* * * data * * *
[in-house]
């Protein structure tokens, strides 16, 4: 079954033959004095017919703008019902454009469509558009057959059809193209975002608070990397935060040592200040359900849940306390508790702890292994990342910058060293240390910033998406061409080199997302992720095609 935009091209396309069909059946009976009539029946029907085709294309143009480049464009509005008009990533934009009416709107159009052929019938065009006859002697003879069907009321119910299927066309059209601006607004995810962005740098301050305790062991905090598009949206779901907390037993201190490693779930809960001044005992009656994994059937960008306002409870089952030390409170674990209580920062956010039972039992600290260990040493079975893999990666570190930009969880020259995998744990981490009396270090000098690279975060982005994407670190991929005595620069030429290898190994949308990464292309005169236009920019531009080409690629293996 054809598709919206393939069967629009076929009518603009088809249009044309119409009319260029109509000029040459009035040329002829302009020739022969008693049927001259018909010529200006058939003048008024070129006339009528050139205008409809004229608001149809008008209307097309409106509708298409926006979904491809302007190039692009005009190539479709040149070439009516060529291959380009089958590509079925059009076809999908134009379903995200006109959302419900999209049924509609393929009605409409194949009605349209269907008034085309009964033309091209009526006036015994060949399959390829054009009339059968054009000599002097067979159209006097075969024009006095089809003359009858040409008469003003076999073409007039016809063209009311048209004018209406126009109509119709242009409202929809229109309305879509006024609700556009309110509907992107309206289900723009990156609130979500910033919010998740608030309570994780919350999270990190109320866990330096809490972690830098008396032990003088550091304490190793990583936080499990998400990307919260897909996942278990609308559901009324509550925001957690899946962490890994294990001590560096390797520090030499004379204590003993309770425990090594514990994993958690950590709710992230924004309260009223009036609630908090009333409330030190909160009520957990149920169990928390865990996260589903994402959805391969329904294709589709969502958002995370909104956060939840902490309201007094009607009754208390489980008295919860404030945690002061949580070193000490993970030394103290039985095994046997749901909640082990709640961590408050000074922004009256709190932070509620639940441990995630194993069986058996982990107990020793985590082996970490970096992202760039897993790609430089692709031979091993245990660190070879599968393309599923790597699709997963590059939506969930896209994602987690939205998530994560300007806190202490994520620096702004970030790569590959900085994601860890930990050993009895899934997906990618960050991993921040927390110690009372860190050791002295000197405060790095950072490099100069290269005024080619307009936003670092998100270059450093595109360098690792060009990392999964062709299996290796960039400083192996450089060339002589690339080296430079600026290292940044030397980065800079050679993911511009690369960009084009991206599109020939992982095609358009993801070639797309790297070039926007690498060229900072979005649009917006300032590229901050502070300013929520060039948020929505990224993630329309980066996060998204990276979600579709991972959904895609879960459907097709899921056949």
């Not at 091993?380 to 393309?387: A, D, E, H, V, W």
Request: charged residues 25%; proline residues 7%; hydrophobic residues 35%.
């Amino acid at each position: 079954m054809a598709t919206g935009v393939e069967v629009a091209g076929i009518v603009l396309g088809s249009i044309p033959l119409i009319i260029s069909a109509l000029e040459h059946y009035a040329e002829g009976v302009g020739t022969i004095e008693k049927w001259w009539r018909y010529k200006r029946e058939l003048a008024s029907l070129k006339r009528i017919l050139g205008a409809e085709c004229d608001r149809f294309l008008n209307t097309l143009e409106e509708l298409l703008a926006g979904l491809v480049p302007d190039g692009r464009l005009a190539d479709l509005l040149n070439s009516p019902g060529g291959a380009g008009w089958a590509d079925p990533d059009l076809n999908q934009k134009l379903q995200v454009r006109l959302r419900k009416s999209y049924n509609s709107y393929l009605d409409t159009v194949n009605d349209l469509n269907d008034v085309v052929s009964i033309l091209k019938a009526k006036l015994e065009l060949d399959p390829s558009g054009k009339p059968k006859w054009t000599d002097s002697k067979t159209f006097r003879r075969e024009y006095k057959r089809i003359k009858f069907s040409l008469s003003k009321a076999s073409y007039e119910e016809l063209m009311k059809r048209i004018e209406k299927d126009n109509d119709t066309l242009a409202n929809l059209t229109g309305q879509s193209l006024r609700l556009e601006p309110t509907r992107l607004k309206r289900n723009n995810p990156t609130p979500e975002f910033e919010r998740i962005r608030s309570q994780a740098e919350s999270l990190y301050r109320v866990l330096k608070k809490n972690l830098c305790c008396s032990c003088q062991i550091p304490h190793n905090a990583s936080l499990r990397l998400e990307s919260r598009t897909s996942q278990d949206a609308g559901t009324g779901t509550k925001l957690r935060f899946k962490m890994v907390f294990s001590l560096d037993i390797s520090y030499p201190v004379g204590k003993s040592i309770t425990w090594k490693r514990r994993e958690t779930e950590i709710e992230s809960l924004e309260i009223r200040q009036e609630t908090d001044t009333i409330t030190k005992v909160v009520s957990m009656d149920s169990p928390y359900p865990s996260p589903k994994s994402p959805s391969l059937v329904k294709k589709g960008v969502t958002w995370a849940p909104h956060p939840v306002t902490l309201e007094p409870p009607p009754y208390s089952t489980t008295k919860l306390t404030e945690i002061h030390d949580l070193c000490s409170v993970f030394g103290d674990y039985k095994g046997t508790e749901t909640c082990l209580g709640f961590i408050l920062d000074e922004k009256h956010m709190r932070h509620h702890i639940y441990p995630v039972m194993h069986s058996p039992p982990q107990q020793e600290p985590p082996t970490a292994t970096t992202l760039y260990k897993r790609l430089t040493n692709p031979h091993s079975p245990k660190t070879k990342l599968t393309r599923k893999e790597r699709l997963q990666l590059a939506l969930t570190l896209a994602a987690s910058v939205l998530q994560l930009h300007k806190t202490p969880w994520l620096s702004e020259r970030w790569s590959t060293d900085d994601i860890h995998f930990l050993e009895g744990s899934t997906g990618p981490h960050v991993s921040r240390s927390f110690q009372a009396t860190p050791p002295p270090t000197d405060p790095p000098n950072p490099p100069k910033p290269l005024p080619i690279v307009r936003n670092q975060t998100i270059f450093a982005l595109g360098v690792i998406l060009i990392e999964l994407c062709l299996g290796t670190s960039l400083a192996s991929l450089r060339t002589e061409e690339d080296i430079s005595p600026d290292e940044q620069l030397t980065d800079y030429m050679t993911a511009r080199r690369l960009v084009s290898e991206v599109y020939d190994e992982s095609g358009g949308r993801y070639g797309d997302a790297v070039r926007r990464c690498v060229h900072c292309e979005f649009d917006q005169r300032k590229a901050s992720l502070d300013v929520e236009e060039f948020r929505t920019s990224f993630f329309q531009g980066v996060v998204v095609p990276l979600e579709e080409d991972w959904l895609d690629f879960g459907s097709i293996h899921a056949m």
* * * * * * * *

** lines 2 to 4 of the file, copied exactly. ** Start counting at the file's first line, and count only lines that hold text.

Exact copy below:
């Protein structure tokens, strides 16, 4: 079954033959004095017919703008019902454009469509558009057959059809193209975002608070990397935060040592200040359900849940306390508790702890292994990342910058060293240390910033998406061409080199997302992720095609 935009091209396309069909059946009976009539029946029907085709294309143009480049464009509005008009990533934009009416709107159009052929019938065009006859002697003879069907009321119910299927066309059209601006607004995810962005740098301050305790062991905090598009949206779901907390037993201190490693779930809960001044005992009656994994059937960008306002409870089952030390409170674990209580920062956010039972039992600290260990040493079975893999990666570190930009969880020259995998744990981490009396270090000098690279975060982005994407670190991929005595620069030429290898190994949308990464292309005169236009920019531009080409690629293996 054809598709919206393939069967629009076929009518603009088809249009044309119409009319260029109509000029040459009035040329002829302009020739022969008693049927001259018909010529200006058939003048008024070129006339009528050139205008409809004229608001149809008008209307097309409106509708298409926006979904491809302007190039692009005009190539479709040149070439009516060529291959380009089958590509079925059009076809999908134009379903995200006109959302419900999209049924509609393929009605409409194949009605349209269907008034085309009964033309091209009526006036015994060949399959390829054009009339059968054009000599002097067979159209006097075969024009006095089809003359009858040409008469003003076999073409007039016809063209009311048209004018209406126009109509119709242009409202929809229109309305879509006024609700556009309110509907992107309206289900723009990156609130979500910033919010998740608030309570994780919350999270990190109320866990330096809490972690830098008396032990003088550091304490190793990583936080499990998400990307919260897909996942278990609308559901009324509550925001957690899946962490890994294990001590560096390797520090030499004379204590003993309770425990090594514990994993958690950590709710992230924004309260009223009036609630908090009333409330030190909160009520957990149920169990928390865990996260589903994402959805391969329904294709589709969502958002995370909104956060939840902490309201007094009607009754208390489980008295919860404030945690002061949580070193000490993970030394103290039985095994046997749901909640082990709640961590408050000074922004009256709190932070509620639940441990995630194993069986058996982990107990020793985590082996970490970096992202760039897993790609430089692709031979091993245990660190070879599968393309599923790597699709997963590059939506969930896209994602987690939205998530994560300007806190202490994520620096702004970030790569590959900085994601860890930990050993009895899934997906990618960050991993921040927390110690009372860190050791002295000197405060790095950072490099100069290269005024080619307009936003670092998100270059450093595109360098690792060009990392999964062709299996290796960039400083192996450089060339002589690339080296430079600026290292940044030397980065800079050679993911511009690369960009084009991206599109020939992982095609358009993801070639797309790297070039926007690498060229900072979005649009917006300032590229901050502070300013929520060039948020929505990224993630329309980066996060998204990276979600579709991972959904895609879960459907097709899921056949």
């Not at 091993?380 to 393309?387: A, D, E, H, V, W």
Request: charged residues 25%; proline residues 7%; hydrophobic residues 35%.